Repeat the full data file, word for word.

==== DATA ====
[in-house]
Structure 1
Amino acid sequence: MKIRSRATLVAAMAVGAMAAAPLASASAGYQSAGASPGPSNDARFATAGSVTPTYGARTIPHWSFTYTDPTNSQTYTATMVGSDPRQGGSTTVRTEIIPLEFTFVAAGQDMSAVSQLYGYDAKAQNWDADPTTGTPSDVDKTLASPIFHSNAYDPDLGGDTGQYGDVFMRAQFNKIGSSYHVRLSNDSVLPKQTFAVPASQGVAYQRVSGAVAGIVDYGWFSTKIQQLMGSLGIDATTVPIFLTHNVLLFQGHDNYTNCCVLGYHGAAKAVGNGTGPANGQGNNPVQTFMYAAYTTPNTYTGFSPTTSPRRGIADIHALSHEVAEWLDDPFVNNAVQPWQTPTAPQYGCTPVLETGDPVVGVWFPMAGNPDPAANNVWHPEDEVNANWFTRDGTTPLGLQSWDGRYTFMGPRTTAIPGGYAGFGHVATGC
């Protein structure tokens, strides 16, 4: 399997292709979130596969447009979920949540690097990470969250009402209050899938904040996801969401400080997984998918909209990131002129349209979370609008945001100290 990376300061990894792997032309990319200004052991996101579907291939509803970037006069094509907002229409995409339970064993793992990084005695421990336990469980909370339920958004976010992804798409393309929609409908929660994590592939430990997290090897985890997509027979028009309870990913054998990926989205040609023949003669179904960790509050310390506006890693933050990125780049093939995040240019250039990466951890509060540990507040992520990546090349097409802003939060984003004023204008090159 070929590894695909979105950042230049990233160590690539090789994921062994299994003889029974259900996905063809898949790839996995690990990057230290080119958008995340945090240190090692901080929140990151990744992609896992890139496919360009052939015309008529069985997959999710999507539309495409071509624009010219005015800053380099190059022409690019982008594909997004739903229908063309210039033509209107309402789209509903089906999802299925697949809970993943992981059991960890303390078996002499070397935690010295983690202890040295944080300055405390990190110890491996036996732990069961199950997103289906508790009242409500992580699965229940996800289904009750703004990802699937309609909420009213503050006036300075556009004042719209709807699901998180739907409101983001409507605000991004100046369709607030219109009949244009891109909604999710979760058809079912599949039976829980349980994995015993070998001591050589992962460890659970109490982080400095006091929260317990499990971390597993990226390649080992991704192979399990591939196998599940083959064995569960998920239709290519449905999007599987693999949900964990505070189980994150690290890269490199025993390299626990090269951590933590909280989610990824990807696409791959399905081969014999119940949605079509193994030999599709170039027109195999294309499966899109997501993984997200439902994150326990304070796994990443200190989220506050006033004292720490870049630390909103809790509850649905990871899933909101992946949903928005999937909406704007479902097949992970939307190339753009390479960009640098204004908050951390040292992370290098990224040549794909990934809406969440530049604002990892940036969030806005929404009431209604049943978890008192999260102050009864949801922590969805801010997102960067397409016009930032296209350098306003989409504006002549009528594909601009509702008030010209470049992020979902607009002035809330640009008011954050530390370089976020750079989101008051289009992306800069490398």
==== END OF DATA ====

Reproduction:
[in-house]
Structure 1
Amino acid sequence: MKIRSRATLVAAMAVGAMAAAPLASASAGYQSAGASPGPSNDARFATAGSVTPTYGARTIPHWSFTYTDPTNSQTYTATMVGSDPRQGGSTTVRTEIIPLEFTFVAAGQDMSAVSQLYGYDAKAQNWDADPTTGTPSDVDKTLASPIFHSNAYDPDLGGDTGQYGDVFMRAQFNKIGSSYHVRLSNDSVLPKQTFAVPASQGVAYQRVSGAVAGIVDYGWFSTKIQQLMGSLGIDATTVPIFLTHNVLLFQGHDNYTNCCVLGYHGAAKAVGNGTGPANGQGNNPVQTFMYAAYTTPNTYTGFSPTTSPRRGIADIHALSHEVAEWLDDPFVNNAVQPWQTPTAPQYGCTPVLETGDPVVGVWFPMAGNPDPAANNVWHPEDEVNANWFTRDGTTPLGLQSWDGRYTFMGPRTTAIPGGYAGFGHVATGC
């Protein structure tokens, strides 16, 4: 399997292709979130596969447009979920949540690097990470969250009402209050899938904040996801969401400080997984998918909209990131002129349209979370609008945001100290 990376300061990894792997032309990319200004052991996101579907291939509803970037006069094509907002229409995409339970064993793992990084005695421990336990469980909370339920958004976010992804798409393309929609409908929660994590592939430990997290090897985890997509027979028009309870990913054998990926989205040609023949003669179904960790509050310390506006890693933050990125780049093939995040240019250039990466951890509060540990507040992520990546090349097409802003939060984003004023204008090159 070929590894695909979105950042230049990233160590690539090789994921062994299994003889029974259900996905063809898949790839996995690990990057230290080119958008995340945090240190090692901080929140990151990744992609896992890139496919360009052939015309008529069985997959999710999507539309495409071509624009010219005015800053380099190059022409690019982008594909997004739903229908063309210039033509209107309402789209509903089906999802299925697949809970993943992981059991960890303390078996002499070397935690010295983690202890040295944080300055405390990190110890491996036996732990069961199950997103289906508790009242409500992580699965229940996800289904009750703004990802699937309609909420009213503050006036300075556009004042719209709807699901998180739907409101983001409507605000991004100046369709607030219109009949244009891109909604999710979760058809079912599949039976829980349980994995015993070998001591050589992962460890659970109490982080400095006091929260317990499990971390597993990226390649080992991704192979399990591939196998599940083959064995569960998920239709290519449905999007599987693999949900964990505070189980994150690290890269490199025993390299626990090269951590933590909280989610990824990807696409791959399905081969014999119940949605079509193994030999599709170039027109195999294309499966899109997501993984997200439902994150326990304070796994990443200190989220506050006033004292720490870049630390909103809790509850649905990871899933909101992946949903928005999937909406704007479902097949992970939307190339753009390479960009640098204004908050951390040292992370290098990224040549794909990934809406969440530049604002990892940036969030806005929404009431209604049943978890008192999260102050009864949801922590969805801010997102960067397409016009930032296209350098306003989409504006002549009528594909601009509702008030010209470049992020979902607009002035809330640009008011954050530390370089976020750079989101008051289009992306800069490398």